If you are even remotely emotional or sentimental and tend to sympathize with characters, you will cry. I don’t think that it is optional.
Personally, I liked it.
Lets give a little background on the movie.
Disney’s ‘Into the Woods’ is based on a play, or rather is the play turned into a movie.The original Broadway musical is, apparently, incredibly dark. Don’t worry though, Disney did not turn it into one of their normal cheerful movies, its still frightening (though rated PG) and it still has lessons and morals.
This is the cast:
First however, I want to say, that just as with my other movie reviews, I can’t promise the absence of spoilers. Its a read at your own risk.
I love fairy tales, always have and probably always will. I also love accuracy, and whenever an author or movie sticks to the original plot points, it makes me very happy and very appreciative.
As most of us will know, fairy tales, at least in their original state, are terrifying. And they hardly ever end well.
Into the Woods takes the original fairy tales, combining them, and showing you what happens after ‘Happily Ever After.’ It makes the characters real. The first fifteen minutes introduce you to the main characters, and they all wish for something. None of them are happy, none are satisfied.
And not everybody gets a Happily Ever After. Here comes potential spoilers depending on your definition of spoilers.
Examples of accuracy:
- Red and her grandmother get eaten (they are later saved)
- Cinderella’s stepmother forces her daughters to cut off parts of their feet to make them fit into the slippers. (The girls’ eyes are later pecked out by Cinderella’s crows)
- Rapunzel’s prince gets his eyes poked out/blinded by thorns (She later ends up healing him with her tears, however, she was still abandoned in a snake infested swamp)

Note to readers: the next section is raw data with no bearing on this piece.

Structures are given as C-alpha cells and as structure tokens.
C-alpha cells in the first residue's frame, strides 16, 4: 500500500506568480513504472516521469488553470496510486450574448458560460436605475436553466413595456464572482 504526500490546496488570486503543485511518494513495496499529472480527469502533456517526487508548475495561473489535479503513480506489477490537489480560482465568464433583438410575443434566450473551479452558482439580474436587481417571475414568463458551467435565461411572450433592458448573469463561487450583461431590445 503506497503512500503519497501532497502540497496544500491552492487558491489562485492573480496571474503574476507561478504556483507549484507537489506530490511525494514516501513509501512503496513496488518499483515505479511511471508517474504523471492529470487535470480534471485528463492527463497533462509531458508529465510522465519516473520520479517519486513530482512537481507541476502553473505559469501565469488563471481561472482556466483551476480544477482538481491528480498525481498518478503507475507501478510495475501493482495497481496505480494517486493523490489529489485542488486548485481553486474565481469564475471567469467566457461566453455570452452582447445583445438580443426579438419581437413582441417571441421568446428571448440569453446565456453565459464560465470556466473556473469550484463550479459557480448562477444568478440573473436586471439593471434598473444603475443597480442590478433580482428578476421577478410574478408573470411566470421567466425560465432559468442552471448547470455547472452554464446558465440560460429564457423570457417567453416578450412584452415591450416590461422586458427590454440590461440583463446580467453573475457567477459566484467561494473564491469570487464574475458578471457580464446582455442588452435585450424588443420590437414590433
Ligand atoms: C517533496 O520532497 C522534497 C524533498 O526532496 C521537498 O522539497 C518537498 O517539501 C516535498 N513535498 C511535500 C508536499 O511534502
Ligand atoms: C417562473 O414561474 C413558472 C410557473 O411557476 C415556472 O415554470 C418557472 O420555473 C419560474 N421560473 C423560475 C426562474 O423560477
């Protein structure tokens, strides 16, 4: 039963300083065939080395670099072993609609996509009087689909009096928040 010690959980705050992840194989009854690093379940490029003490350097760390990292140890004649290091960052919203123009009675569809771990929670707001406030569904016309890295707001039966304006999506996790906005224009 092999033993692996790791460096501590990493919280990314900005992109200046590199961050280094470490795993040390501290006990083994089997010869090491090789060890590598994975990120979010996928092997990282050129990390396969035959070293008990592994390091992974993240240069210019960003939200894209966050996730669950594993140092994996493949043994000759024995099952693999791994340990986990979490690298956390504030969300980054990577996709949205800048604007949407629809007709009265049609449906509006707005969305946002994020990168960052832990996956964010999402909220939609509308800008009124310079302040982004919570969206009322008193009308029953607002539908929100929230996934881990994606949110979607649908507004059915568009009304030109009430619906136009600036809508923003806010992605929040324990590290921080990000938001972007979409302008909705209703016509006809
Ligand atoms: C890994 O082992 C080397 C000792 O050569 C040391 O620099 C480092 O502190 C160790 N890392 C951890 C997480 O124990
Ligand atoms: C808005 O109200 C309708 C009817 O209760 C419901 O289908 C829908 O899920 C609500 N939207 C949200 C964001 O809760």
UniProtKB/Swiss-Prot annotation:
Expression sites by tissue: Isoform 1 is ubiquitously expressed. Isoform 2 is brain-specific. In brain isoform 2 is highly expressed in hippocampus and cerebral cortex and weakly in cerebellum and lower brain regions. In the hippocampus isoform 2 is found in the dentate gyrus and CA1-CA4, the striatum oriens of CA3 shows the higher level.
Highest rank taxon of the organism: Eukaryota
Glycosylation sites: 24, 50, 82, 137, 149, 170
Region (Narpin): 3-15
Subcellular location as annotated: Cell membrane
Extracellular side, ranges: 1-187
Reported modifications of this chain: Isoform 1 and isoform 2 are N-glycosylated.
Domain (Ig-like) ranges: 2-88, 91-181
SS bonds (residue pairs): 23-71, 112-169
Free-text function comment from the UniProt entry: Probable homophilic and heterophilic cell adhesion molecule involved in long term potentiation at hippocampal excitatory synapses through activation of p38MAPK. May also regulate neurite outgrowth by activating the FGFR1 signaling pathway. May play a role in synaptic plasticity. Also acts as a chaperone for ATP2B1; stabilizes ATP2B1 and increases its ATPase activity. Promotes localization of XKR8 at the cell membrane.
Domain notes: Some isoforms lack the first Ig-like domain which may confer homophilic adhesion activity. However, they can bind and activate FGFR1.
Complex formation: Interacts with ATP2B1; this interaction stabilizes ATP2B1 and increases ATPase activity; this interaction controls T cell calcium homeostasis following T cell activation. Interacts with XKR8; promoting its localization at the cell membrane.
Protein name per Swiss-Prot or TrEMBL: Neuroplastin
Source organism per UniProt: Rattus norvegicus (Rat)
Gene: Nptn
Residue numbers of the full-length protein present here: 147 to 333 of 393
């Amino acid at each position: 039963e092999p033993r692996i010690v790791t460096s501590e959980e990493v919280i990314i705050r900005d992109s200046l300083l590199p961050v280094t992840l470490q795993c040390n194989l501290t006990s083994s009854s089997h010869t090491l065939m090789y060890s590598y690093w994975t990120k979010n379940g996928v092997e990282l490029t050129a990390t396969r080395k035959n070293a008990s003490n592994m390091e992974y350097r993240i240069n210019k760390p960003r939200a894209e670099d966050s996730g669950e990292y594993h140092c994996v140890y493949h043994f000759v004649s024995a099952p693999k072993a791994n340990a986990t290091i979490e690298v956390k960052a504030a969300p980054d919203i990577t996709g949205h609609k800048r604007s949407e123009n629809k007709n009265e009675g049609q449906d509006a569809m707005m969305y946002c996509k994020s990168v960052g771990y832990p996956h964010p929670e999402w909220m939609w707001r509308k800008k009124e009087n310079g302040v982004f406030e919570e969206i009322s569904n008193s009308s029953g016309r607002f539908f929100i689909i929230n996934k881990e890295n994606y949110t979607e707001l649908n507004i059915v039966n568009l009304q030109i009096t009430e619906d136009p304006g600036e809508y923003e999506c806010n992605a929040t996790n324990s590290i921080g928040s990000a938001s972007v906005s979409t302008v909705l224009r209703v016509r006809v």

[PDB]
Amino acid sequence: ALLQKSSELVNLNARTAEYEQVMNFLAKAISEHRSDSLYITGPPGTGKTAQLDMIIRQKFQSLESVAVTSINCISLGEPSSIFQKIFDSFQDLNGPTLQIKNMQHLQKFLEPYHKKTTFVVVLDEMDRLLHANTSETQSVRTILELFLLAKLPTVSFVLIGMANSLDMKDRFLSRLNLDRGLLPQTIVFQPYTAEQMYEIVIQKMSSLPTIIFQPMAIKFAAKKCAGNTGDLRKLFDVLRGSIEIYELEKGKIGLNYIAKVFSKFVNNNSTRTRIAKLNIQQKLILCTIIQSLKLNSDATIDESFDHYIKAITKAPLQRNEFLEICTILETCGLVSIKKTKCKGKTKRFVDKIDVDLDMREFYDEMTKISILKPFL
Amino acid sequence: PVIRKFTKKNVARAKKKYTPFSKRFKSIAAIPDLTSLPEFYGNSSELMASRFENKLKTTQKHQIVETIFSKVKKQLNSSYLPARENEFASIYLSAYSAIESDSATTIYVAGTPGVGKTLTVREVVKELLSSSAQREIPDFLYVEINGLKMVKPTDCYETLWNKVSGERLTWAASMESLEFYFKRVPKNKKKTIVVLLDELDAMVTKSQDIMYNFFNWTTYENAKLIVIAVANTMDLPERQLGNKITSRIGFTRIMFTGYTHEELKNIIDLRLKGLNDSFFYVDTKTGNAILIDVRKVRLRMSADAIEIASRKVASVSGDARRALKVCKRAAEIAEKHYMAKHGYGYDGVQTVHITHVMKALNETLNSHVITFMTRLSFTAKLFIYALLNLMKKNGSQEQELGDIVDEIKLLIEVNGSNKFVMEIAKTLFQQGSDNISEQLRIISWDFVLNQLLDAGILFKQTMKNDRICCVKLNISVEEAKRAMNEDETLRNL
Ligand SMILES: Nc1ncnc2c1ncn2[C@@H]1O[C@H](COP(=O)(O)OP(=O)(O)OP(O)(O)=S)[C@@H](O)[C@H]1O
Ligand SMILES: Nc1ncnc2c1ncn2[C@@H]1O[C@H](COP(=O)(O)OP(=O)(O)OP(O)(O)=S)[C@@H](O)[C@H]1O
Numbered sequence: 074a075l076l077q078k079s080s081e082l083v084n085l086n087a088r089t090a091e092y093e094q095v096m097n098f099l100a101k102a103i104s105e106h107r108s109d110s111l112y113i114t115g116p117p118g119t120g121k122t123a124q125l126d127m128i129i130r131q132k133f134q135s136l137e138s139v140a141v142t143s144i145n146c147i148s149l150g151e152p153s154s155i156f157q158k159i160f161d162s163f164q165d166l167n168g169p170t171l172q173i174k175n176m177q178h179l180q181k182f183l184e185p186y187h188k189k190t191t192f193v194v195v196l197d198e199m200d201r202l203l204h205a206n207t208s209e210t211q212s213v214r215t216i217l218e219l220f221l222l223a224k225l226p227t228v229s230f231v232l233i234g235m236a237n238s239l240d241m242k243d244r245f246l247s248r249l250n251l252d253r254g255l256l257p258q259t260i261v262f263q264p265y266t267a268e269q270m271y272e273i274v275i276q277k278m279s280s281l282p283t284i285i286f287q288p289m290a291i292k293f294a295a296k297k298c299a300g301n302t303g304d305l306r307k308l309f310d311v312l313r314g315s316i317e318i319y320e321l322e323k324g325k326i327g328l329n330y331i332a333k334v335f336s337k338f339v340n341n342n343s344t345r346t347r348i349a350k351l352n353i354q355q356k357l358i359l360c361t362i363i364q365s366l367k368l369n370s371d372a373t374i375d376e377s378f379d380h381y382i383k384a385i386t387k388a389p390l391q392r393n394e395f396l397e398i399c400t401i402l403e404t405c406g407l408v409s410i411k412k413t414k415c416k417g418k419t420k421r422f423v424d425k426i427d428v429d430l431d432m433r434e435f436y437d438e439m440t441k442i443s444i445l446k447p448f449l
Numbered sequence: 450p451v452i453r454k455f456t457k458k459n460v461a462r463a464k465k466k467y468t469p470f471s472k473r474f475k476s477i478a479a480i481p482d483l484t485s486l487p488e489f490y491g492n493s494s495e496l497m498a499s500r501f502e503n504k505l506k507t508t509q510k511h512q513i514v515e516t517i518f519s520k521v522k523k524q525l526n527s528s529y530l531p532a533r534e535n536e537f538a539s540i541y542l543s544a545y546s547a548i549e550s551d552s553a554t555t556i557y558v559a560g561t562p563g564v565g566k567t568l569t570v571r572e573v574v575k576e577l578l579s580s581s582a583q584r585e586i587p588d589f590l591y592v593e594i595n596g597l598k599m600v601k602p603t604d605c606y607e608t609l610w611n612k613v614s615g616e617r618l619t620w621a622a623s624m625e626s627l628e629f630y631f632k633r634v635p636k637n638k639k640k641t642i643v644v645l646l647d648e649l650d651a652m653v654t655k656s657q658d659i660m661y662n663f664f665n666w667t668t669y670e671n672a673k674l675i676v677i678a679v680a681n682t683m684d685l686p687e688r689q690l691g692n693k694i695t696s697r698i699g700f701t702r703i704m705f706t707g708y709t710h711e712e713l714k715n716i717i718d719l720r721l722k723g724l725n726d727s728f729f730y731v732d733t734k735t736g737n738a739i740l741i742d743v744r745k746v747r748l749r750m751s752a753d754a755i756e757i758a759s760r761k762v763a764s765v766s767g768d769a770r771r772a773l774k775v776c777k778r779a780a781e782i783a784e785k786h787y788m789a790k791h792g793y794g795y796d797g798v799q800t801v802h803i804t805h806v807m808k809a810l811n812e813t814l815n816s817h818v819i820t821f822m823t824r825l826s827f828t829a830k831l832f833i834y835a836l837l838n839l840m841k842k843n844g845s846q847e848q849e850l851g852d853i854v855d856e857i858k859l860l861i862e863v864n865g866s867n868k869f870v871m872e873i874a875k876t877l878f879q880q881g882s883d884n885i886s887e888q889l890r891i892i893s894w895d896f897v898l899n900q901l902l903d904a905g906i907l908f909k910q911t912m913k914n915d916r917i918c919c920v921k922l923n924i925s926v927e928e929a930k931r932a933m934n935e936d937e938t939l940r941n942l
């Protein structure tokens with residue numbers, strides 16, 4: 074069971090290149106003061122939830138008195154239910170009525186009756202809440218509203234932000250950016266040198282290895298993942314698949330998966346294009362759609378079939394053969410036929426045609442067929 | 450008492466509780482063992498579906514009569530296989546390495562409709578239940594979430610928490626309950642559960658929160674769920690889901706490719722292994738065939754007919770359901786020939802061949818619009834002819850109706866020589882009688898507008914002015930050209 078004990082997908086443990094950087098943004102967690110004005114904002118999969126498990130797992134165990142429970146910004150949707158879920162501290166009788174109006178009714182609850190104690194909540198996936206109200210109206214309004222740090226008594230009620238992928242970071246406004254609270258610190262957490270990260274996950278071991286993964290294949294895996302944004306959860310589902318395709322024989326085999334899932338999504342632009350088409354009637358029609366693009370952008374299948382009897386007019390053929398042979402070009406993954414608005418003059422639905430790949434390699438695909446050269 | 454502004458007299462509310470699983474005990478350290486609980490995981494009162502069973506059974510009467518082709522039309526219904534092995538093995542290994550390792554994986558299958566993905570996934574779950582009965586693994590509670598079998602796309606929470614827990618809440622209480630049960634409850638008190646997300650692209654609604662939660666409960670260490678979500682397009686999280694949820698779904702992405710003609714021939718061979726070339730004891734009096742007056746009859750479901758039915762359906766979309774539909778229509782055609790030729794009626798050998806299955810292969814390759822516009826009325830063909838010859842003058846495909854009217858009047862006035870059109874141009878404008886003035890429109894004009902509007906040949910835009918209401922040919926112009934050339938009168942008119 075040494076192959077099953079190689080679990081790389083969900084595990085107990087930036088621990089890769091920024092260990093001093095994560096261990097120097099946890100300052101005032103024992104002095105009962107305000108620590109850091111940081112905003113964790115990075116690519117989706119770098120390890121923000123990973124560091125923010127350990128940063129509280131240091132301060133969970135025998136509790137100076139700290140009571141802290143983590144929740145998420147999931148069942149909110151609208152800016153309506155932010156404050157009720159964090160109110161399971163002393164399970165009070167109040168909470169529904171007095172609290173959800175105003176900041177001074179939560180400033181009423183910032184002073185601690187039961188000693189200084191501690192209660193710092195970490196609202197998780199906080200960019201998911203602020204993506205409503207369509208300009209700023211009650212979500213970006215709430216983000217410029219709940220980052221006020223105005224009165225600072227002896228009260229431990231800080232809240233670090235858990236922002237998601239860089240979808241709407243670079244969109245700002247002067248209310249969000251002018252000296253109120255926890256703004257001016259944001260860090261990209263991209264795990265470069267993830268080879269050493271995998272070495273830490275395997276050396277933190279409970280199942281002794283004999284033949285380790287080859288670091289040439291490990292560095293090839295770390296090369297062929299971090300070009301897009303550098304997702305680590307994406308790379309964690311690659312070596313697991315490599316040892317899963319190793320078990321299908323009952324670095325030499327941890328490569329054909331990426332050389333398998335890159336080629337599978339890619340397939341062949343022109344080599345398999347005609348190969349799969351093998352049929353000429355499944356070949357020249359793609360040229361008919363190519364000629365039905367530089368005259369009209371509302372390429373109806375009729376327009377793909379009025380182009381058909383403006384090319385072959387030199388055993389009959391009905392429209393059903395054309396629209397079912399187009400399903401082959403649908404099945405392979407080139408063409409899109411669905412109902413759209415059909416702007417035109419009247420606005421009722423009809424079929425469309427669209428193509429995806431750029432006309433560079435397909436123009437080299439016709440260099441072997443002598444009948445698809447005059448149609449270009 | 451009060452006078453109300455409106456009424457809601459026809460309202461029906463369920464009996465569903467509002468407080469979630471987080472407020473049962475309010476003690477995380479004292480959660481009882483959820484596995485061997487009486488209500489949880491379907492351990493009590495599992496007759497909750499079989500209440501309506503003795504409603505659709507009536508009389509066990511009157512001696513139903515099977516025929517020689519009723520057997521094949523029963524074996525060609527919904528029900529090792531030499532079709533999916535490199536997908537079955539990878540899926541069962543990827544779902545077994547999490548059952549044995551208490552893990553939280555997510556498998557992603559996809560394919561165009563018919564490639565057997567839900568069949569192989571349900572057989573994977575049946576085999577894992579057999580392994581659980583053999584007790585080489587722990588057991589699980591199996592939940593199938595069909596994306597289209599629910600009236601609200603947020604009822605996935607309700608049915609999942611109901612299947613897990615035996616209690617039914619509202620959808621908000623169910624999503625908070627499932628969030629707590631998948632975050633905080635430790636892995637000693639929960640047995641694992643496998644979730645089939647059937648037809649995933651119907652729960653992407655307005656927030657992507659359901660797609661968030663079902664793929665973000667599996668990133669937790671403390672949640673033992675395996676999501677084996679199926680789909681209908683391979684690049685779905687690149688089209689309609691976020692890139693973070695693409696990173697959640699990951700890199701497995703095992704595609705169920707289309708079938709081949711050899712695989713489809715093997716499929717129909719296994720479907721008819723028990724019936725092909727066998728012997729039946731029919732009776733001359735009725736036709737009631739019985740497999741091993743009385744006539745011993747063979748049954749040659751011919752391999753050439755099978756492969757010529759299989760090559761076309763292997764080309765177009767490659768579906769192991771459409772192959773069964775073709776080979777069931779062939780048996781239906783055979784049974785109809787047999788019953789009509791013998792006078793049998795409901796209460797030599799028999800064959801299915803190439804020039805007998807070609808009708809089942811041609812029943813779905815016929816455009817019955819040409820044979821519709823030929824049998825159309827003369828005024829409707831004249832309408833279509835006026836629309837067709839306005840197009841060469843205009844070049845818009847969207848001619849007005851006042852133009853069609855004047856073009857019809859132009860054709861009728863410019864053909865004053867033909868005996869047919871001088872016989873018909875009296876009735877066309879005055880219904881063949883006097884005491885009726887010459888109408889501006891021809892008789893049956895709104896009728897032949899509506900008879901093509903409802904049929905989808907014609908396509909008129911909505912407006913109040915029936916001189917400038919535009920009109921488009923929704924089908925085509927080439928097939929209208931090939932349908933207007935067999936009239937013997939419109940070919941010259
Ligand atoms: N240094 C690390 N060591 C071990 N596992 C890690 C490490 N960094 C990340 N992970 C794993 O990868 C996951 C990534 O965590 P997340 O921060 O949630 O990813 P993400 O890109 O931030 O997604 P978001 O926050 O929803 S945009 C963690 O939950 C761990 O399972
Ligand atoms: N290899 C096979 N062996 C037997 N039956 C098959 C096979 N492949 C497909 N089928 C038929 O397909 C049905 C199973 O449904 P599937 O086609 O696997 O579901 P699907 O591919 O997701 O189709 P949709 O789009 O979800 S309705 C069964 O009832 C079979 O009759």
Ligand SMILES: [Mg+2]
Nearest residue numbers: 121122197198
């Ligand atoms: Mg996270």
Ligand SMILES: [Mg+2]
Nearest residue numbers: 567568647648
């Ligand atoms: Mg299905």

That’s just a bit.
The movie is very long, and it doesn’t end where you expect it to. Right before the middle of Into the Woods there is a wedding. And usually a happy ending is the final scene of any given Disney fairy tale.
Not this time.
The second half of the movie is dark, and not just because it takes place in the middle of the night. It is heavy, there is death and mistakes, and people learn. They learn what they did wrong.
Unlike every other Disney movie, this is not cheerful. Even Maleficent ended in a sun filled valley. Into the Woods ended in a dark, destroyed forest with a significantly smaller cast, who are all injured in one way or another. In the final scene, a beam of sunlight lights on them, like a single ray of hope.
Now that I have described the mood, perhaps we can move onto something more cheerful.
Lets talk about the music.
All the actors and actresses performed their songs very well. I’m still thinking about The Last Midnight, sung by The Witch (Meryl Streep) while all the other characters are arguing over the blame while a giant is destroying the kingdom. Here’s the song:
The Witch is pretty right most of the time, “Stop arguing and find the cow!”.
And here are two princes singing an argument. Watching it was hilarious; most of the theatre was laughing.
I have read and watched many fairy tale retellings, but Into the Woods brought the same characters to life in a new way. Their interactions with one another were believable, and some characters who before had no personality, such as Cinderella’s prince, were given one.
Not as perfect as you would have believed.
I love the Witch, though I can’t really place the reason for it. Perhaps it is because she tells everyone off.
The Baker was great. He and his wife must collect five items for the Witch in order to have a child, and the way they go about it shows you pretty early on who they really are. While the Baker’s Wife goes and just steals the items, or lies in order to gather them, her husband is given the items (such as the cape) as a token of thanks.
I didn’t like the Baker’s Wife.
She ended up falling off a cliff.
There was a lot of scenes, and at least one song that were cut from the play when Disney made it into a movie. This was in order to make it family friendly, and the final product is still pretty scary for Disney’s usual standards. I haven’t seen the musical as well, so my opinion is focused solely on the movie, and I am not able to tell you how well it translated over or how accurate I found it.
However, I can say that I enjoyed it.
I’m almost glad that I don’t live in a fairy tale.